How a company’s consistent earnings can get a CEO fired

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Release Date: October 27, 2020

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“Firms with high earnings persistence understand that the performance in the current period is likely to carry forward with the incumbent CEO, so they’re more likely to fire a CEO who yields poor earnings. ”
University at Buffalo School of Management

BUFFALO, N.Y. — When a corporation’s earnings are steady, its board of directors is more likely to fire their CEO after a bad earnings period, according to new research from the University at Buffalo School of Management.

Recently published in Management Science, the study analyzed corporate earnings persistence—whether or not the earnings of a company are expected to recur or not—and how it impacts CEO turnover.

“Firms with high earnings persistence understand that the performance in the current period is likely to carry forward with the incumbent CEO, so they’re more likely to fire a CEO who yields poor earnings,” says the study’s lead author Inho Suk, PhD, associate professor of accounting and law in the UB School of Management. “In contrast, boards of firms with low earnings persistence are less likely to fire a CEO with a poor performance because it’s likely temporary.” 

The researchers analyzed data of more than 1,500 CEO turnovers from 1993-2017, measuring earnings performance by industry-adjusted return on assets (IAROA), with the three-year average of IAROA, industry-adjusted ROA changes and non-Generally Accepted Accounting Principles (GAAP) earnings as alternative measures.

Their results show that earnings persistence is the most direct and dominant earnings attribute in explaining CEO turnover decisions.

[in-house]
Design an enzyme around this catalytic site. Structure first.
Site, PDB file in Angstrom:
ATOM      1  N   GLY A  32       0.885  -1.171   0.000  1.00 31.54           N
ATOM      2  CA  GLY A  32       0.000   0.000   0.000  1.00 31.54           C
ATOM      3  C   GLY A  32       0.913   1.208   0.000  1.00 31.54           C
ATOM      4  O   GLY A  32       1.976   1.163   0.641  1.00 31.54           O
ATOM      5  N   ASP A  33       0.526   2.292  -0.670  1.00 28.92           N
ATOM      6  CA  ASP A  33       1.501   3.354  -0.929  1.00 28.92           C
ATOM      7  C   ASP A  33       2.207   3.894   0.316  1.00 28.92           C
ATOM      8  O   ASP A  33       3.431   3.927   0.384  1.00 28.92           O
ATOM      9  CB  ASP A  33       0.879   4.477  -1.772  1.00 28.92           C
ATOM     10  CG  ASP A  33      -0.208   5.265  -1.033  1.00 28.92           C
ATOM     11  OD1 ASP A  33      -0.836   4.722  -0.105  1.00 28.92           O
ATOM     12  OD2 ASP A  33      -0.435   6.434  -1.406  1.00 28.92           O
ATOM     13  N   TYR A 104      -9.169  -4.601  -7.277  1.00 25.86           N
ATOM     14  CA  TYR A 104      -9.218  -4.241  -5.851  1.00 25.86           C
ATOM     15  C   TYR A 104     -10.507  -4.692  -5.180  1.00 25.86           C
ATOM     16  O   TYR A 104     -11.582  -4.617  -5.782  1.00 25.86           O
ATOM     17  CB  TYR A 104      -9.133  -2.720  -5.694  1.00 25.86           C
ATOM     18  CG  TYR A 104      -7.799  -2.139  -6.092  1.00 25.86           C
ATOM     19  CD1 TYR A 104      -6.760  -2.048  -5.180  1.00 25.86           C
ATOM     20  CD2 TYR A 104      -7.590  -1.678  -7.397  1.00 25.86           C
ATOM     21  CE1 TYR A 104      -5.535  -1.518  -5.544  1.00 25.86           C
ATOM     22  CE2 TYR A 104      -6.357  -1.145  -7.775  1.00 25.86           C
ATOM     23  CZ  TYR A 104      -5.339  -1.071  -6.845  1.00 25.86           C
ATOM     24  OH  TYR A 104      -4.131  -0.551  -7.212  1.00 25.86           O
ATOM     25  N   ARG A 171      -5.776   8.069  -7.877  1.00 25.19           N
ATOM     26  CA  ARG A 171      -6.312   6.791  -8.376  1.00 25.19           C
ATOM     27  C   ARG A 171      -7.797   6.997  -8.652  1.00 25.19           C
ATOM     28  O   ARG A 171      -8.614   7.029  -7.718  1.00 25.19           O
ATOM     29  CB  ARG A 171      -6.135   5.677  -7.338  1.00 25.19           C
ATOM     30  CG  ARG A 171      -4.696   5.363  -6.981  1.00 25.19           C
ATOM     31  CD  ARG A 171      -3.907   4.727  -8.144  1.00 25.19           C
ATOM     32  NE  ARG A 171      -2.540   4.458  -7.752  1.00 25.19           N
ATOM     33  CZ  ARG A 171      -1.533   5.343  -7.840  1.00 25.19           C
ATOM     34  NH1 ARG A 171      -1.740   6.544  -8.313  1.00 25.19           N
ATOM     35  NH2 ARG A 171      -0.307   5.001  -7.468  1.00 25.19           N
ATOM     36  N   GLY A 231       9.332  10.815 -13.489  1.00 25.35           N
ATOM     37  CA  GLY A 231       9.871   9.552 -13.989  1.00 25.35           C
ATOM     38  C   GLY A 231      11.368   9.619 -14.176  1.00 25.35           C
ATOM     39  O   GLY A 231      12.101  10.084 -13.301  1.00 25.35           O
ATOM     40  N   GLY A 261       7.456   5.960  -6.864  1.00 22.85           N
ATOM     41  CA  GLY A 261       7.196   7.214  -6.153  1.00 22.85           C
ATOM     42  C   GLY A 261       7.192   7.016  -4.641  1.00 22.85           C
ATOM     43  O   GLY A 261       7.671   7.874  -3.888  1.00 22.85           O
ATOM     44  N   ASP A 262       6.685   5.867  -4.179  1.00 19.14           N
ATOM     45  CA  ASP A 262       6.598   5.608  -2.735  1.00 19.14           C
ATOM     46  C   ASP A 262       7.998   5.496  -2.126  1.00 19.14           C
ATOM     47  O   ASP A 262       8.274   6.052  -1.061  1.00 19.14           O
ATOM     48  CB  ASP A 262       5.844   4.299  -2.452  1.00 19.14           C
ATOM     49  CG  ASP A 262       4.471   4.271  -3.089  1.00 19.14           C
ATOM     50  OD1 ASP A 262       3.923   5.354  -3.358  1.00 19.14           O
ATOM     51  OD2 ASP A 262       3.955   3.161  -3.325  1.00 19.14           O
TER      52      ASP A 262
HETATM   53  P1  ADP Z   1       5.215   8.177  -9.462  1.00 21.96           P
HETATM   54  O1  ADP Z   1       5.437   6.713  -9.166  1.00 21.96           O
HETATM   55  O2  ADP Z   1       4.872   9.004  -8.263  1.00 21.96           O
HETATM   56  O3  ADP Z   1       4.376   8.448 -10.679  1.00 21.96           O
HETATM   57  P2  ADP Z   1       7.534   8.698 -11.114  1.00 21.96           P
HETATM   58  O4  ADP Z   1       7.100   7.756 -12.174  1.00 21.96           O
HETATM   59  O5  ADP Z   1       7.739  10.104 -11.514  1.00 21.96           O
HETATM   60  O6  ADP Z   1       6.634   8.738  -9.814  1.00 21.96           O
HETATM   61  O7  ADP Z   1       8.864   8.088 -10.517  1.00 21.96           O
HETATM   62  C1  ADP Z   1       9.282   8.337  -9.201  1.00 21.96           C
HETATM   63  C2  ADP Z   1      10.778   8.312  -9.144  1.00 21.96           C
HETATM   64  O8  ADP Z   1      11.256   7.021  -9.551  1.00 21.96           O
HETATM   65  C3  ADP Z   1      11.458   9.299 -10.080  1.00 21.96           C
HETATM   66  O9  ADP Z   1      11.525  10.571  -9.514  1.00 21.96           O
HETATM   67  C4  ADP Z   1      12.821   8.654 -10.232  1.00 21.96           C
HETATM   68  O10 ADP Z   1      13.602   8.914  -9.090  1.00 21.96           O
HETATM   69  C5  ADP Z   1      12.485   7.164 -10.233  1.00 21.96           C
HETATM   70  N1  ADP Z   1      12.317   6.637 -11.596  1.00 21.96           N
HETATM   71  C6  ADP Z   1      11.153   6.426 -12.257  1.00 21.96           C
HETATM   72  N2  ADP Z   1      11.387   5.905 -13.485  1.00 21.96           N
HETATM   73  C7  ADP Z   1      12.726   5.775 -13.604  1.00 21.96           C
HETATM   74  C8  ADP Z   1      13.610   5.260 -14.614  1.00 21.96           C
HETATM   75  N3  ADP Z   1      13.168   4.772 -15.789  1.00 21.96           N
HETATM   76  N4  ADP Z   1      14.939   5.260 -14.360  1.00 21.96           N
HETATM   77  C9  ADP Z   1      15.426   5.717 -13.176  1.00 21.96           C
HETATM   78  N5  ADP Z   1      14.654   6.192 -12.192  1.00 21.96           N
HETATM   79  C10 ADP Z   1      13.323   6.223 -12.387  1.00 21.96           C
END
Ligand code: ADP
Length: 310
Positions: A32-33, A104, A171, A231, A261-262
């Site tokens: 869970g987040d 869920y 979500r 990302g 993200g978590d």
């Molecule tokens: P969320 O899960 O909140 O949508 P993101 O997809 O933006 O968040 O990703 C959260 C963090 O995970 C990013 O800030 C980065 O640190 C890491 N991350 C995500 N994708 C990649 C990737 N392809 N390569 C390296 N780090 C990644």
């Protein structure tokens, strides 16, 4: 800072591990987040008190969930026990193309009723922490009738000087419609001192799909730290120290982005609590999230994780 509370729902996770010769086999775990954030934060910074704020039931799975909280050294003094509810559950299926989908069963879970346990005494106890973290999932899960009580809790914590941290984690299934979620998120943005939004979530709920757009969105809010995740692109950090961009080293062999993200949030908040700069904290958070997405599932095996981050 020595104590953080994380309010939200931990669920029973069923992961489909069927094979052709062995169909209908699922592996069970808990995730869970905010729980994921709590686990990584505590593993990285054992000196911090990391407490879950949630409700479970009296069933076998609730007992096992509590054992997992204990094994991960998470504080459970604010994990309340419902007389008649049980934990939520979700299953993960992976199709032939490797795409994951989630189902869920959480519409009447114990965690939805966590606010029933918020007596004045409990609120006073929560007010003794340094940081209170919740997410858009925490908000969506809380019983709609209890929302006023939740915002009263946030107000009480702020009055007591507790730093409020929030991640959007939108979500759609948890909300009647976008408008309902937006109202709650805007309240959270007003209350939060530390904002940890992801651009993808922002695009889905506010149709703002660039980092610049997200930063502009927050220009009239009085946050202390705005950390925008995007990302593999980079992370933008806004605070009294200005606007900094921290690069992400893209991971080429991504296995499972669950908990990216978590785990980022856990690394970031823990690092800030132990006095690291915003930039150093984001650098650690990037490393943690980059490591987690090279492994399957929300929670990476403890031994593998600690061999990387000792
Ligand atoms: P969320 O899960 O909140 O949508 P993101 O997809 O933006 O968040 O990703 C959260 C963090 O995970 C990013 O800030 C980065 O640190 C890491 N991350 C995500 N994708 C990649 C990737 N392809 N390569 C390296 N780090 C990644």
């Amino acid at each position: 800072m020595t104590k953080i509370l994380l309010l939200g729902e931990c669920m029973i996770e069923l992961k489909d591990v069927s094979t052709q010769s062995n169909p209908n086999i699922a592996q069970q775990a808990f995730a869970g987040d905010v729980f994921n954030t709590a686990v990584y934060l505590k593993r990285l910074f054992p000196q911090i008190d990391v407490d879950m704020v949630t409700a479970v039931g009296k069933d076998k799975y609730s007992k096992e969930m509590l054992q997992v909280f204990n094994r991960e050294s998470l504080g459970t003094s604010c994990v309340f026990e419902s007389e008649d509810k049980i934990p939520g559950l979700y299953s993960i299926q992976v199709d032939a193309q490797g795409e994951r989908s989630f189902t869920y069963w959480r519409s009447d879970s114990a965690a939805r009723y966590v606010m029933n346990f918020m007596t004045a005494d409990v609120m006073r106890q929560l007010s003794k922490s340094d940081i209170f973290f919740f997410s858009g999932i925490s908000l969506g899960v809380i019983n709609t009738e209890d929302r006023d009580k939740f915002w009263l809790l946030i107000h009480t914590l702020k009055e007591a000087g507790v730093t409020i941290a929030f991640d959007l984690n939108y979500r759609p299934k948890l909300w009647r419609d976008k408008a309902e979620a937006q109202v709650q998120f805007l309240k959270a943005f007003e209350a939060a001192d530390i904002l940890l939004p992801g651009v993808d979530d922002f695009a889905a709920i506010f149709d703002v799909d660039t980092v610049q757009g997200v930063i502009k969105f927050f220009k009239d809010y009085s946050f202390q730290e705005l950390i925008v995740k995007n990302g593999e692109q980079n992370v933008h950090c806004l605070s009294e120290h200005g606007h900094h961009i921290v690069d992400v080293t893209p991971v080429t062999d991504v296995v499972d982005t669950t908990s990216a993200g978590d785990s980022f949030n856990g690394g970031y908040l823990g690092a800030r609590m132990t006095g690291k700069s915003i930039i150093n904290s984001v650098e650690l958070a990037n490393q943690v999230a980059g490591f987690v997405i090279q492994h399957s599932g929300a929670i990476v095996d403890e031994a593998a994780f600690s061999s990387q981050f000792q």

“Compared to CEO compensation, turnover decisions have longer-term consequences on firm performance and corporate policies,” says William Kross, PhD, professor of accounting and law in the UB School of Management. “Failure to replace a poorly performing CEO, or to retain a CEO with potential, is the costliest manifestation of agency conflicts.”

Suk and Kross collaborated on the study with Seung Won Lee, PhD, assistant professor of accounting in the Penn State Harrisburg School of Business Administration.

The UB School of Management is recognized for its emphasis on real-world learning, community and economic impact, and the global perspective of its faculty, students and alumni. The school also has been ranked by Bloomberg Businessweek, Forbes and U.S. News & World Report for the quality of its programs and the return on investment it provides its graduates. For more information about the UB School of Management, visit mgt.buffalo.edu.

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